- Cuaresma focused on protecting minors, praising the ban on targeted ads, the creation of a Youth Division at the FTC, and including protections for teens. However, she suggested extending protections to all minors (not just those under 17); giving the FTC more resources; moving to a “constructive” (not “actual”) knowledge standard in the ADPPA and COPPA; and shortening the PRA waiting period. In response to a question from Rep. Lesko, Cuaresma seemed to agree that any consent involving minors should be given by a parent.
- Miller was concerned about the breadth of the sensitive data provision and its effect on marketing and routine business functions. He noted that the bill includes consumers’ online activities as a sensitive data category, effectively turning the opt-out for targeted ads into an opt-in, and potentially impeding everyday functions like search and cybersecurity analyzes. He also recommended including a broad carve-out for “first party” activities, consistent with state laws; adopting the GDPR approach to service providers and third parties (to more clearly delineate roles); and rethinking the PRA and preemption provision which, he said, are likely to lead to confusion and excessive litigation.
- Dufault stressed the need to create legal certainty for small businesses. Like Miller, he was critical of the preemption and PRA provisions, and suggested limiting the PRA by preserving fewer laws, confining it to “substantial” privacy harms, broadening the right to cure, and adding a scientist requirement. He also expressed concerns about the breadth and definitions of some of the categories of sensitive data. Of note, he strongly supported the bill’s inclusion of the safe harbor program for small businesses, which could help alleviate burdens on these entities.
- Kantor focused on creating a level playing field for all businesses while minimizing burdens on small entities. As such, he supported the bill’s direct coverage of service providers and third parties (in lieu of allowing certain entities to control others via contract), objected to carve-outs for particular sectors, and suggested changes to the bill’s small business exception. Like other business witnesses, he said that the preemption and PRA provisions would create significant burdens for businesses and that other provisions would impair legitimate marketing activities. For example, he said the bill’s attempt to preserve loyalty programs was confusingly drafted and that the requirements related to sensitive data would interfere with advertising that consumers want and expect.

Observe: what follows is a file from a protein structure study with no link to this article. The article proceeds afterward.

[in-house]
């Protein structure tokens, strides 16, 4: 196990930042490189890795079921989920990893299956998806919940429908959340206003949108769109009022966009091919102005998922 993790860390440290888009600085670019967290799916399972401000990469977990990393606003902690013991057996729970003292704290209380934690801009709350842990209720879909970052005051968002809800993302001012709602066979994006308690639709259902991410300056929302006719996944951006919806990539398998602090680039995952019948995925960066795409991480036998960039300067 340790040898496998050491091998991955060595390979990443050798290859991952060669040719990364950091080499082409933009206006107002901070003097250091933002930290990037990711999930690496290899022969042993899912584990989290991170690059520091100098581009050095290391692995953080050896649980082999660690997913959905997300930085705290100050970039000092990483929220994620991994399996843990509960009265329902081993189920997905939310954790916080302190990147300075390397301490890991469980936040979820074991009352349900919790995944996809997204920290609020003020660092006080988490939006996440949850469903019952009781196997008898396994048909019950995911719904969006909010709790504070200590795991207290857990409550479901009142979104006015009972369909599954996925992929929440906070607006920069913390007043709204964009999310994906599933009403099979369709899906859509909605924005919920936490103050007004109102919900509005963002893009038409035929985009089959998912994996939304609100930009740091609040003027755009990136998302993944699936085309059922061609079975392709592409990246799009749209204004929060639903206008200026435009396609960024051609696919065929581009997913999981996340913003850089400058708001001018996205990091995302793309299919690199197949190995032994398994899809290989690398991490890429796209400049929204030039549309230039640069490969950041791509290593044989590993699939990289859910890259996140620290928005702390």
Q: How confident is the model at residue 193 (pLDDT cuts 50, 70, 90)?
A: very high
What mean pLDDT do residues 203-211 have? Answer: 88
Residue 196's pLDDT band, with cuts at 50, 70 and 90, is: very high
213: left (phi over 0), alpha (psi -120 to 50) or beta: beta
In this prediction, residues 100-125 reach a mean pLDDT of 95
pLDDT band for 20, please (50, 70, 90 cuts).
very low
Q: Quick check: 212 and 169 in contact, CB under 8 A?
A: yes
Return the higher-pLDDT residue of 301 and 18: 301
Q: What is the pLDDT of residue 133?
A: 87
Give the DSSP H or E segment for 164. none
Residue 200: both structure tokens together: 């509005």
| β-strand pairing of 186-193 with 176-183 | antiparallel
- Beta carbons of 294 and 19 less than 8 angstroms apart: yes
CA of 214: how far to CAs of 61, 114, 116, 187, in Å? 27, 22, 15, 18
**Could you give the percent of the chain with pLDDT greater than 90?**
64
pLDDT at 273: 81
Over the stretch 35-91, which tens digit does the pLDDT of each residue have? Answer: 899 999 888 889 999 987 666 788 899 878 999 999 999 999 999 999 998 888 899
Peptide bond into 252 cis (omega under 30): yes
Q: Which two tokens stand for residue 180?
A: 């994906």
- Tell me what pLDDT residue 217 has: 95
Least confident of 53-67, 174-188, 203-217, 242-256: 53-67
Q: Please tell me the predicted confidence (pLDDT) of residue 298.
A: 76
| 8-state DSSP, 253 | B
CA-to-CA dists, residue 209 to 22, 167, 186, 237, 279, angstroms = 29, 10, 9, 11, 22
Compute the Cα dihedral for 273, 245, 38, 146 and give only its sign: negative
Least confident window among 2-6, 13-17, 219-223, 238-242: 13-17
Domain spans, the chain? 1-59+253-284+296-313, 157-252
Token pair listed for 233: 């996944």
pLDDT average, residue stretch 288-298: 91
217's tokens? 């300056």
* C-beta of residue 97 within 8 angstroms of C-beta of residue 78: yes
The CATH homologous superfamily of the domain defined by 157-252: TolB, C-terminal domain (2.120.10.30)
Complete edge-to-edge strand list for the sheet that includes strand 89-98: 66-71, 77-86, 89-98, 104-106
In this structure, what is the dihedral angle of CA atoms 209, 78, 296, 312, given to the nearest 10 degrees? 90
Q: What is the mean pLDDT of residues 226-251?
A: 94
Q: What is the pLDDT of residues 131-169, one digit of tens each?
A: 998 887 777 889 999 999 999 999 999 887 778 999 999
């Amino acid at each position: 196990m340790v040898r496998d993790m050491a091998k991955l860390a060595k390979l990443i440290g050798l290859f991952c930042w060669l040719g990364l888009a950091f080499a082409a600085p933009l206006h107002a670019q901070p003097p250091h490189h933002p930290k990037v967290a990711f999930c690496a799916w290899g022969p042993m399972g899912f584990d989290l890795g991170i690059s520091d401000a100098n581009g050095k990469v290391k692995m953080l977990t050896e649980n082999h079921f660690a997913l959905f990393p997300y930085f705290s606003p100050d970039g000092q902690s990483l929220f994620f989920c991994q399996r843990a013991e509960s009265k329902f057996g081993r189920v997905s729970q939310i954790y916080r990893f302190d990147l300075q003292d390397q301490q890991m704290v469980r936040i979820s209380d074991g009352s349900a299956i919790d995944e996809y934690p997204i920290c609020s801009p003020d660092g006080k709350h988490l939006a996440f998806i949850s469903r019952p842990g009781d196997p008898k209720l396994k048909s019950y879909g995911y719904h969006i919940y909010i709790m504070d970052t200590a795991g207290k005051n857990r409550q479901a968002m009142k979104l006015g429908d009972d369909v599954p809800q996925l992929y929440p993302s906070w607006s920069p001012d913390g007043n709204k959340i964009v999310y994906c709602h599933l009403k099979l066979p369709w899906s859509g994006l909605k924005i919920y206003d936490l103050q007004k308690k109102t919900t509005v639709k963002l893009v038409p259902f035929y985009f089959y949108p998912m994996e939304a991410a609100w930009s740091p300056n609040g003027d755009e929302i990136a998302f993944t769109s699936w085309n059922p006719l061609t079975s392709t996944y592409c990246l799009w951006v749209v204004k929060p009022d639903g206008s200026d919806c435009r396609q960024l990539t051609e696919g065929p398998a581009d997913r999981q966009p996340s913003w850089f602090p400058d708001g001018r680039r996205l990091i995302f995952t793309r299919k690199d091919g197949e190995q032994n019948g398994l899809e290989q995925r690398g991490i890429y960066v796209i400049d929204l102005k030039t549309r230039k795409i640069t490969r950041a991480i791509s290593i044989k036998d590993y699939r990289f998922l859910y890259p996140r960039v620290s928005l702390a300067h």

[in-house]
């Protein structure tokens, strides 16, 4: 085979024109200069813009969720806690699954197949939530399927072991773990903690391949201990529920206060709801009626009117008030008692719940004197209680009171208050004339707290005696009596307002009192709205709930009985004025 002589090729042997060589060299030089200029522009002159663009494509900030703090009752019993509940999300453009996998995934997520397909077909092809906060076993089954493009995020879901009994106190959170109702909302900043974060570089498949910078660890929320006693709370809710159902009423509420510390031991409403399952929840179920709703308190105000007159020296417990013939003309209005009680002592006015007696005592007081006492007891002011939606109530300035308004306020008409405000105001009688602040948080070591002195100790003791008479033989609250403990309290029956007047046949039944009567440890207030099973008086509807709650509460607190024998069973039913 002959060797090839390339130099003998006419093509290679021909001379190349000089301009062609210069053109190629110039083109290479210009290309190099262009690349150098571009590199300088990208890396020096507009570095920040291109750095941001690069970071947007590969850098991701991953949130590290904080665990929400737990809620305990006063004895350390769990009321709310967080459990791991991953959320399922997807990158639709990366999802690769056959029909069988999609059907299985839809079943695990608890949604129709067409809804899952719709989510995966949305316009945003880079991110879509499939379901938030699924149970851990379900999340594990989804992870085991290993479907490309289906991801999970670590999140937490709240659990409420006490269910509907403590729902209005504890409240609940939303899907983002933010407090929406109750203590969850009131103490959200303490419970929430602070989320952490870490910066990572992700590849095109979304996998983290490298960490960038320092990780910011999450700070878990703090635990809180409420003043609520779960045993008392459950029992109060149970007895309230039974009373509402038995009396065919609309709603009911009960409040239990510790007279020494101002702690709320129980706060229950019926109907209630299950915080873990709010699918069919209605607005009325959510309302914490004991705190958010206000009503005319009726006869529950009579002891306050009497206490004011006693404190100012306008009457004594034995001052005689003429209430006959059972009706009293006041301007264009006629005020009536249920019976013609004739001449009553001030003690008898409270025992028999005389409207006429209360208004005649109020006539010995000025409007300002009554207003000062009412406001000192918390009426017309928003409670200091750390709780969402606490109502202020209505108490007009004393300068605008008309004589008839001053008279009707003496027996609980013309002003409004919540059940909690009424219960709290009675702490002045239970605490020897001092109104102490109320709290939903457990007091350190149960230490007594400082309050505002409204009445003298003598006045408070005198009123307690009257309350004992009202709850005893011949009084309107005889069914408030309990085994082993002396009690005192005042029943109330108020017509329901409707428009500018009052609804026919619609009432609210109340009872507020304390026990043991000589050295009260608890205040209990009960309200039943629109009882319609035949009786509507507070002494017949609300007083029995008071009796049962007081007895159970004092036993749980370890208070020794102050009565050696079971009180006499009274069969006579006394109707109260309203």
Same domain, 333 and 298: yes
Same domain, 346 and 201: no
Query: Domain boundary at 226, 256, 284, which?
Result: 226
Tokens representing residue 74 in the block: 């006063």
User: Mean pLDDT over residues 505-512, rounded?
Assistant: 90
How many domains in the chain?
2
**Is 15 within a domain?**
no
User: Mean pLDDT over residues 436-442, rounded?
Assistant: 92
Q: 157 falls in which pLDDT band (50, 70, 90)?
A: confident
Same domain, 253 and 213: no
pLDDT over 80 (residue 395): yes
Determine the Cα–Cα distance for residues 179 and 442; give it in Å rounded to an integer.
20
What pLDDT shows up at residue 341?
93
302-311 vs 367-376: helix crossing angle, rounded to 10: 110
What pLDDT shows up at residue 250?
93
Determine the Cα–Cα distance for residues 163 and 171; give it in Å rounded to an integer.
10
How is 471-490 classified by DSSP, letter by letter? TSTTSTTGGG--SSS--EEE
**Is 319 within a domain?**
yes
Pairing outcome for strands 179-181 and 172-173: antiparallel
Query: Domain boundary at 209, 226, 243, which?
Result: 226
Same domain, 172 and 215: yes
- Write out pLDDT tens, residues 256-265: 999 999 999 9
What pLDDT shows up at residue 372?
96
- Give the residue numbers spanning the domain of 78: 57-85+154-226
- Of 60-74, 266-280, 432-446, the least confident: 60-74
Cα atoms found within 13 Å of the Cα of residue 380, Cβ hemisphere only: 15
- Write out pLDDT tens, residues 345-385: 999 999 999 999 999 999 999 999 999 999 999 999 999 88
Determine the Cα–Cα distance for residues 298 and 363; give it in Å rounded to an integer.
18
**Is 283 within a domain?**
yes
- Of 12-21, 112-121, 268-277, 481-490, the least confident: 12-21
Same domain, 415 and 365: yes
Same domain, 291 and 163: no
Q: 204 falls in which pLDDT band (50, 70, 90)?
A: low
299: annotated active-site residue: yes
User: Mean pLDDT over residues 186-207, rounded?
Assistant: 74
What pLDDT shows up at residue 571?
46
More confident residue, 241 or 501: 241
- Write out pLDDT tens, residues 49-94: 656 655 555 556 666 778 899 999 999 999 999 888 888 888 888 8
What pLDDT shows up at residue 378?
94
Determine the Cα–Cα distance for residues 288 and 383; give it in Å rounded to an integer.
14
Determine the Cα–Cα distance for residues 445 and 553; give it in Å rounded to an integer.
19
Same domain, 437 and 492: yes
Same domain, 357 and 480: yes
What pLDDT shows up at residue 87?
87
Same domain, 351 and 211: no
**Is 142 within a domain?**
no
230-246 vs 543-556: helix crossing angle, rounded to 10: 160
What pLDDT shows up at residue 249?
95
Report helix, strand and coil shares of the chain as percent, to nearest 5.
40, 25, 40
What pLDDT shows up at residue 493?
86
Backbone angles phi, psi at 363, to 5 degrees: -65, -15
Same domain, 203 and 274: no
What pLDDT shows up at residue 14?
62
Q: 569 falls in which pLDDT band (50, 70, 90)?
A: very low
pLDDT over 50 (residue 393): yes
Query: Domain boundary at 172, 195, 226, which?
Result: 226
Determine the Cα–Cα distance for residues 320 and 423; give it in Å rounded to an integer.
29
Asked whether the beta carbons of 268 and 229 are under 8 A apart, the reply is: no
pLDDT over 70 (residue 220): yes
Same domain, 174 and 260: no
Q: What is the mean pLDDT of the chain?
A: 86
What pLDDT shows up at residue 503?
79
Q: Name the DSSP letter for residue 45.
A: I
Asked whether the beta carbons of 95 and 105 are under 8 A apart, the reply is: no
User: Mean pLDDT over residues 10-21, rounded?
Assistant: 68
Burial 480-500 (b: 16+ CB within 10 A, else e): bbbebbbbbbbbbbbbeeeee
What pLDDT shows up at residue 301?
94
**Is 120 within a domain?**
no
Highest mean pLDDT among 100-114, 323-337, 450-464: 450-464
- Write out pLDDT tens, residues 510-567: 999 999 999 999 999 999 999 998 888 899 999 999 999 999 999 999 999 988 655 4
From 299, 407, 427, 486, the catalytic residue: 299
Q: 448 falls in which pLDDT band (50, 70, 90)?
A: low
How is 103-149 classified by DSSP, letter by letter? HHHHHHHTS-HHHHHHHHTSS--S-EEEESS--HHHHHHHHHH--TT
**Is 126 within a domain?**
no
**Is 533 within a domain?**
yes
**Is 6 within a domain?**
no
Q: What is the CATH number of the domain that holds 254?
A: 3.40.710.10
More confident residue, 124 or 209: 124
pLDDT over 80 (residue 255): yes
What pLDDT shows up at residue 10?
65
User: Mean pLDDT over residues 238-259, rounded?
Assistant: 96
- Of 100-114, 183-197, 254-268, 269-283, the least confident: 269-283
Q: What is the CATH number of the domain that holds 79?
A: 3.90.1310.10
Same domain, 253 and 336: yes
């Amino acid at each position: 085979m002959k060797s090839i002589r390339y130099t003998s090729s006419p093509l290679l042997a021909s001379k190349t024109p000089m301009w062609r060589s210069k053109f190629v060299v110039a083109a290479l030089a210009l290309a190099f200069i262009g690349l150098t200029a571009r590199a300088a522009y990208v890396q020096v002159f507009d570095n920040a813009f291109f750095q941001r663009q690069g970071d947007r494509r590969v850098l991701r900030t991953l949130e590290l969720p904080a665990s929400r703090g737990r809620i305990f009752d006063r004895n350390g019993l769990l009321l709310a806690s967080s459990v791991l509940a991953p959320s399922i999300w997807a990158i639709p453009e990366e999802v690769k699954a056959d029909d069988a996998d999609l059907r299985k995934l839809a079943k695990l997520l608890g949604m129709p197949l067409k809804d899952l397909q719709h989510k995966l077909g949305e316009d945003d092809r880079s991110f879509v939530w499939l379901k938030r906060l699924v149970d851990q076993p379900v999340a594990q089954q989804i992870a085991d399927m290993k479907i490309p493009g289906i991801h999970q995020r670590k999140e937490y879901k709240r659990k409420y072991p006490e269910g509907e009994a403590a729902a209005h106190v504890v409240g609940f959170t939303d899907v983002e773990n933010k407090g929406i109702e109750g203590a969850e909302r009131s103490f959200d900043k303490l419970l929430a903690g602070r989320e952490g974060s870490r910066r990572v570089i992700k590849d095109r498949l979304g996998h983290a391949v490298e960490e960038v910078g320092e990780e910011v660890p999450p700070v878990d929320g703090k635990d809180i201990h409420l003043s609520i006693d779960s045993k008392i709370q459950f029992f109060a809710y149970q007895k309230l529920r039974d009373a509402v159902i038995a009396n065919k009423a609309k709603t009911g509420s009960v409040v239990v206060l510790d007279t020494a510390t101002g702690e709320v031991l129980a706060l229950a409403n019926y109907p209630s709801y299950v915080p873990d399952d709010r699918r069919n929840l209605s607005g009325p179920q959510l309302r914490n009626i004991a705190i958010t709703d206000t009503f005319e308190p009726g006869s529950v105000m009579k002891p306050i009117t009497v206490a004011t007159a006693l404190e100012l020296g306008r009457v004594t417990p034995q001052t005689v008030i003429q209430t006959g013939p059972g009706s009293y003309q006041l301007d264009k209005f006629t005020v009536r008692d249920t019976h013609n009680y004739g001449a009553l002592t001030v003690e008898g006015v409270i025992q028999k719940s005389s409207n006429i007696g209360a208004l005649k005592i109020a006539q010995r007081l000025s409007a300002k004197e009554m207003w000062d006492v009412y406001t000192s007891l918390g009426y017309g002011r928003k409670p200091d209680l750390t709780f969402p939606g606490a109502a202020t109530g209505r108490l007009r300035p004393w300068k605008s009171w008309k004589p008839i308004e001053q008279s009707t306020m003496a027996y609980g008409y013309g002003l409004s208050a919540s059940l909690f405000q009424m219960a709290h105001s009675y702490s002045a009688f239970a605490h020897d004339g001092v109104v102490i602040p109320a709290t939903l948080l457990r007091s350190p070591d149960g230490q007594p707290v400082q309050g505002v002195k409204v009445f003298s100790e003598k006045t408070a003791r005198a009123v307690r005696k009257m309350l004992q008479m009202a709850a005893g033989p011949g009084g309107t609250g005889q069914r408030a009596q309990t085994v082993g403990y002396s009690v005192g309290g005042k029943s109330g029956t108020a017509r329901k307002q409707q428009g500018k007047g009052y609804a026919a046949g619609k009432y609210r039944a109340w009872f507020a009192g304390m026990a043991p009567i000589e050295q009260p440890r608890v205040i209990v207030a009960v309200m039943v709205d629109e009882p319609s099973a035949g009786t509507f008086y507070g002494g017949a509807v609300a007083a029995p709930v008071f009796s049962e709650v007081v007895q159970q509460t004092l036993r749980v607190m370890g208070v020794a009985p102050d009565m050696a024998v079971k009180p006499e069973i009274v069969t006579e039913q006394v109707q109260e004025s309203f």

- Ohlhausen focused primarily on how the bill shifts oversight of telecom entities from the FCC to the FTC. While she strongly supported the shift, she expressed concern that the bill left voice services with the FCC while imposing onerous new requirements on broadband and video (rather than just shifting existing requirements to the FTC). Ohlhausen also recommended that the bill include a broad carve-out for “first party” data uses so as not to restrict routine, expected activities, and that multiple exceptions to preemption would undermine the goal of creating a national privacy standard.
Other items of interest
- Lesko asked Lee and Ohlhausen whether the algorithmic assessment should address discrimination based on political viewpoint. Neither was supportive – Lee because of potential first amendment concerns, and Ohlhausen because it is outside the FTC’s expertise.
- Pence asked Fitzgerald whether the US should shift to a system that simply compensates people for their data. Fitzgerald said that would disadvantage less wealthy populations.
- Armstrong said the preemption provision was confusing and suggested that future amendments to state privacy laws not preempted would make it more so.
- Fletcher discussed the significance of protecting health and geolocation information in light of the impending Supreme Court decision on abortion rights.
- Castor and Trahan emphasized the importance of protecting kids, citing their own efforts to expand protections for minors over the past two years.
- In response to questioning, Dufault and Kantor expressed strong support for retaining the “actual knowledge” standard for determining who is a minor, stating that “constructive knowledge” is confusing and unworkable.
Where does this leave us?
- Although no one “bashed” the bill at the hearing, the witnesses and members all raised numerous issues and concerns, with differing perspectives on how to resolve them. Subcommittee leaders aren’t giving up, but they have their work cut out for them and very little time to do it. Next step, Subcommittee markup!
The content of this article is intended to provide a general guide to the subject matter. Specialist advice should be sought about your specific circumstances.
POPULAR ARTICLES ON: Privacy from United States